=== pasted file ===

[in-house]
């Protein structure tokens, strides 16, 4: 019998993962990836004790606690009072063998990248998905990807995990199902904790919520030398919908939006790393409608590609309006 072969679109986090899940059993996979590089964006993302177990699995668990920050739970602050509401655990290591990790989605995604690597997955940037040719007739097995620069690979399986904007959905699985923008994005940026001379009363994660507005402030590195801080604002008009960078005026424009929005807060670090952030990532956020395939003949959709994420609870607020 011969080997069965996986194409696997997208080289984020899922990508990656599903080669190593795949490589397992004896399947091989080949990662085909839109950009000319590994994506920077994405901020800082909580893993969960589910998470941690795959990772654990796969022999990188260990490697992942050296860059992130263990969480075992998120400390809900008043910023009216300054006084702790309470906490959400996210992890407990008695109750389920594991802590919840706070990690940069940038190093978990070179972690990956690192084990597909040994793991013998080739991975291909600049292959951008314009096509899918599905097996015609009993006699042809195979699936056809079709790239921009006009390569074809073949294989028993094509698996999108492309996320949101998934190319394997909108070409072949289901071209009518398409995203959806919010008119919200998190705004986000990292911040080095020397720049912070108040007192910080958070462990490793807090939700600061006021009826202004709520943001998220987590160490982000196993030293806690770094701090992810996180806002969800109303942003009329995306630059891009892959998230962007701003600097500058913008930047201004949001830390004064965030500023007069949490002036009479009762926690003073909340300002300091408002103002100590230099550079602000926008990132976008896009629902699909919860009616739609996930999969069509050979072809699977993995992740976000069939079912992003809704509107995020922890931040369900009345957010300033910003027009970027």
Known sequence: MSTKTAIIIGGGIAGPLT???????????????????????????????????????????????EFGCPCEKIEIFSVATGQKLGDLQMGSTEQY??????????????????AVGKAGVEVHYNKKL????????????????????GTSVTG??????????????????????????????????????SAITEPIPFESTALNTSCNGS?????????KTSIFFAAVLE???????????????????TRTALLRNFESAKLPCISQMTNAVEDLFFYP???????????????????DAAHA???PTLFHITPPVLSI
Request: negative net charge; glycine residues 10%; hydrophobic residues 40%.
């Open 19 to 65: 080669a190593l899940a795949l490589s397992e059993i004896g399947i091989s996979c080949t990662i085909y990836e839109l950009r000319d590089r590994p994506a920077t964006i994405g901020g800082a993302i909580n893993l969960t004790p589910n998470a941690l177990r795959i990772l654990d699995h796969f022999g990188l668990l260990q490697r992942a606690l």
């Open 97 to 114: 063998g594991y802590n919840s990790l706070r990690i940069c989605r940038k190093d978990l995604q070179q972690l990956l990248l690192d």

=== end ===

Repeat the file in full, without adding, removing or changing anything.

[in-house]
């Protein structure tokens, strides 16, 4: 019998993962990836004790606690009072063998990248998905990807995990199902904790919520030398919908939006790393409608590609309006 072969679109986090899940059993996979590089964006993302177990699995668990920050739970602050509401655990290591990790989605995604690597997955940037040719007739097995620069690979399986904007959905699985923008994005940026001379009363994660507005402030590195801080604002008009960078005026424009929005807060670090952030990532956020395939003949959709994420609870607020 011969080997069965996986194409696997997208080289984020899922990508990656599903080669190593795949490589397992004896399947091989080949990662085909839109950009000319590994994506920077994405901020800082909580893993969960589910998470941690795959990772654990796969022999990188260990490697992942050296860059992130263990969480075992998120400390809900008043910023009216300054006084702790309470906490959400996210992890407990008695109750389920594991802590919840706070990690940069940038190093978990070179972690990956690192084990597909040994793991013998080739991975291909600049292959951008314009096509899918599905097996015609009993006699042809195979699936056809079709790239921009006009390569074809073949294989028993094509698996999108492309996320949101998934190319394997909108070409072949289901071209009518398409995203959806919010008119919200998190705004986000990292911040080095020397720049912070108040007192910080958070462990490793807090939700600061006021009826202004709520943001998220987590160490982000196993030293806690770094701090992810996180806002969800109303942003009329995306630059891009892959998230962007701003600097500058913008930047201004949001830390004064965030500023007069949490002036009479009762926690003073909340300002300091408002103002100590230099550079602000926008990132976008896009629902699909919860009616739609996930999969069509050979072809699977993995992740976000069939079912992003809704509107995020922890931040369900009345957010300033910003027009970027």
Known sequence: MSTKTAIIIGGGIAGPLT???????????????????????????????????????????????EFGCPCEKIEIFSVATGQKLGDLQMGSTEQY??????????????????AVGKAGVEVHYNKKL????????????????????GTSVTG??????????????????????????????????????SAITEPIPFESTALNTSCNGS?????????KTSIFFAAVLE???????????????????TRTALLRNFESAKLPCISQMTNAVEDLFFYP???????????????????DAAHA???PTLFHITPPVLSI
Request: negative net charge; glycine residues 10%; hydrophobic residues 40%.
């Open 19 to 65: 080669a190593l899940a795949l490589s397992e059993i004896g399947i091989s996979c080949t990662i085909y990836e839109l950009r000319d590089r590994p994506a920077t964006i994405g901020g800082a993302i909580n893993l969960t004790p589910n998470a941690l177990r795959i990772l654990d699995h796969f022999g990188l668990l260990q490697r992942a606690l």
């Open 97 to 114: 063998g594991y802590n919840s990790l706070r990690i940069c989605r940038k190093d978990l995604q070179q972690l990956l990248l690192d």